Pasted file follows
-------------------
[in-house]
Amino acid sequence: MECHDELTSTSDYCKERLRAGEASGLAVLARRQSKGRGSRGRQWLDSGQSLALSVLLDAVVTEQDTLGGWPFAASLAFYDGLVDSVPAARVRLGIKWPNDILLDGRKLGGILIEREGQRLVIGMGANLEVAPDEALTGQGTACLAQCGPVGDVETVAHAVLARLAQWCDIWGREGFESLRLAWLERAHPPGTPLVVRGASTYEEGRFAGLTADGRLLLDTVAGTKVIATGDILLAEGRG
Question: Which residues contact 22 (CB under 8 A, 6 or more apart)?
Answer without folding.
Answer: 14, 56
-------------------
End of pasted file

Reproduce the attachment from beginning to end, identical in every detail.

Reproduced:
[in-house]
Amino acid sequence: MECHDELTSTSDYCKERLRAGEASGLAVLARRQSKGRGSRGRQWLDSGQSLALSVLLDAVVTEQDTLGGWPFAASLAFYDGLVDSVPAARVRLGIKWPNDILLDGRKLGGILIEREGQRLVIGMGANLEVAPDEALTGQGTACLAQCGPVGDVETVAHAVLARLAQWCDIWGREGFESLRLAWLERAHPPGTPLVVRGASTYEEGRFAGLTADGRLLLDTVAGTKVIATGDILLAEGRG
Question: Which residues contact 22 (CB under 8 A, 6 or more apart)?
Answer without folding.
Answer: 14, 56